Dude, when’s my car insurance due?

Lost track of your car insurance due date? Here's how to work it out, and why it matters.

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Your car insurance due date might not be the most exciting event in your calendar, but it’s one that is important not to forget. Driving without insurance, even for just a few days, is an offence that could land you with points on your licence and a hefty fine. Here’s how to avoid this worst case scenario, and keep your renewal premium to a minimum.

How do I know when my car insurance is due?

Most car insurance policies last for a year. So, if you last bought car insurance on 12 September, chances are it will be due for renewal on 12 September the following year.

But there are exceptions to this rule. For example, some “bonus accelerator” policies only last for 10 months (while still giving you a full year’s worth of no-claims bonus). And even if you have a standard policy, it’s easy for your car insurance due date to slip your mind.

If you’ve got a nagging feeling that your car insurance is due some time soon, but you’re not sure exactly when, you can check by:

  • Digging out your current car insurance policy documents. You should have received these by email or post, or via your insurer’s online portal. These documents will state the date you bought your existing policy, and your renewal date.
  • Calling or emailing your insurer to ask directly. If you can’t locate your current policy documents, your insurer’s customer service should be able to help.
  • Looking back over historic bank or credit card statements. These will show the date any previous payment was made to your current insurer. If you have a standard, annual policy, you can work out your due date from this.
  • Wait for your official renewal notification. A few weeks before your due date, your insurance company will post and/or email you a reminder that you need to renew your policy.

Will I get notified when my car insurance is due?

Yes. Your existing insurance company will send you a renewal notice. It will typically arrive 3 or 4 weeks before your car insurance is due. This may be by post, email, or both.

The notification will include your due date, last year’s premium, and a quote for a new policy if you choose to renew with the same insurer under the same terms.

Some insurers set up your policy to automatically renew for another term (usually a year) when you first sign up with them. If this is the case, it should be clearly stated on your renewal notice alongside the renewal premium. And your insurer should also make it clear, whether you’re set up to auto-renew or not, that you’re under no obligation to renew with them and could get a better deal by shopping around.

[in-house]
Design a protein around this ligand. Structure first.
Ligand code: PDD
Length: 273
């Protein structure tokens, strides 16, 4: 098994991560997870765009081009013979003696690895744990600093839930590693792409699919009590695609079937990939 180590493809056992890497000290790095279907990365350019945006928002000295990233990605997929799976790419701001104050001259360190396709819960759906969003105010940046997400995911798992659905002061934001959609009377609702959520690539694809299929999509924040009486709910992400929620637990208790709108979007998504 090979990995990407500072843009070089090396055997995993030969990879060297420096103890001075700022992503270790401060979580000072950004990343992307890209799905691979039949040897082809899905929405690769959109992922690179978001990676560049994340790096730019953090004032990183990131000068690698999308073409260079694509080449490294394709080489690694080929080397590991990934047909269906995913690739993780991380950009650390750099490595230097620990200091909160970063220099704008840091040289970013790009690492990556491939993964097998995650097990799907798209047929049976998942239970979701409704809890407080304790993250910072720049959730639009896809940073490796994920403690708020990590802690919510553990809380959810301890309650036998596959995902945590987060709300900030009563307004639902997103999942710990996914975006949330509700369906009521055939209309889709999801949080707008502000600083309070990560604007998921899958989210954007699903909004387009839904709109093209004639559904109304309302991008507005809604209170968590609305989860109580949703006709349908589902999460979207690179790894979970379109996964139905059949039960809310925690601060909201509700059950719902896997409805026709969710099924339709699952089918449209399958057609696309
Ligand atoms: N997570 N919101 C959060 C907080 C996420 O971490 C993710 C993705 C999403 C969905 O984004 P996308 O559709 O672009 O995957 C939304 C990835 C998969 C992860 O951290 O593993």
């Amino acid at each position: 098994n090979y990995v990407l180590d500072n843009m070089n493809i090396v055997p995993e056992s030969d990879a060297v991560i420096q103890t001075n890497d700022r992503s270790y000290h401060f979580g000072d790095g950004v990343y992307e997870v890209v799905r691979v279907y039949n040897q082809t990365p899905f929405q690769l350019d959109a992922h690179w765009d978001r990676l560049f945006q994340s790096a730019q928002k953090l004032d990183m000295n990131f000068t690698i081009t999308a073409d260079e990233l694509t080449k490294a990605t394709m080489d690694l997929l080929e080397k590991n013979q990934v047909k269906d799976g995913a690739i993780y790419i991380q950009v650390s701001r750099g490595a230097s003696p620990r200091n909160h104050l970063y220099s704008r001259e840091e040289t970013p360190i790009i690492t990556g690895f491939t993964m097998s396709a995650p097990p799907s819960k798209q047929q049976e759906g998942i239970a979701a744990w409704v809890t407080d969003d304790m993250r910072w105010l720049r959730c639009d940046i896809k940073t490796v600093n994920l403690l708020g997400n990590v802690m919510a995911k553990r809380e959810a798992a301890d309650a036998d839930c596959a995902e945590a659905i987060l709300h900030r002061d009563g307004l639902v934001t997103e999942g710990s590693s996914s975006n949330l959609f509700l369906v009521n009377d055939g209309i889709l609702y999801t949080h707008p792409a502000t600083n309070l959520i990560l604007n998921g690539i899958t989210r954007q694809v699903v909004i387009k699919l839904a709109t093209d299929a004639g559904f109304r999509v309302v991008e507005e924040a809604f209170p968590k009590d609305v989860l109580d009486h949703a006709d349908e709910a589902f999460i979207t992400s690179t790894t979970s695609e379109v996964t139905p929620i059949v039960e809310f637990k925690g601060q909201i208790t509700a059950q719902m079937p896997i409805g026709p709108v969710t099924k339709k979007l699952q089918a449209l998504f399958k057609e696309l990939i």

Sometimes, your insurer may send a second, or even a third, reminder as you approach or pass your due date. The cynical-minded might think it’s the insurer taking every opportunity to get you to renew with it. But it can also act as a helpful kick up the proverbial if you haven’t quite got round to sorting out your new policy.

How can I renew my car insurance when it is due?

You have two choices when your car insurance due date rolls around.

  1. Renew with the same insurer. If you’re happy with your existing insurer, and its renewal quote is reasonable, then you can choose to stay put. If your policy is set up to auto-renew, you probably don’t need to do anything. Your premium will be taken using the same payment method you used last year. If auto-renewal isn’t set up, you’ll need to contact the insurer to settle the bill. However, even if your existing insurer’s renewal quote seems decent, that doesn’t necessarily mean you can’t get a better deal elsewhere. So we’d always recommend at least considering option 2.
  2. Compare insurers and switch to the best deal. Your current insurer may have offered the best deal last year. But that doesn’t automatically mean it still does. Insurance underwriting works in mysterious ways, and even if your circumstances haven’t changed, another insurer may now work out better. In our opinion, the minor hassle of running a search on a price comparison site, and perhaps checking a couple of direct-only insurers, could be more than worth it in the savings you could make. Even if you decide to stay with your existing insurer, you could use your research to negotiate a better price.

Compare quotes with Confused.

When should I renew my car insurance policy?

You don’t have to wait until the day before your car insurance is due to renew your policy. In fact, when we did some snapshot research in mid 2023, we found that a VW-driving, London-based teacher could save 12% (£136) off their premium by securing a deal 2-3 weeks ahead, compared with renewing on the due date. And some studies have found you can save even more (between 17% and 42%).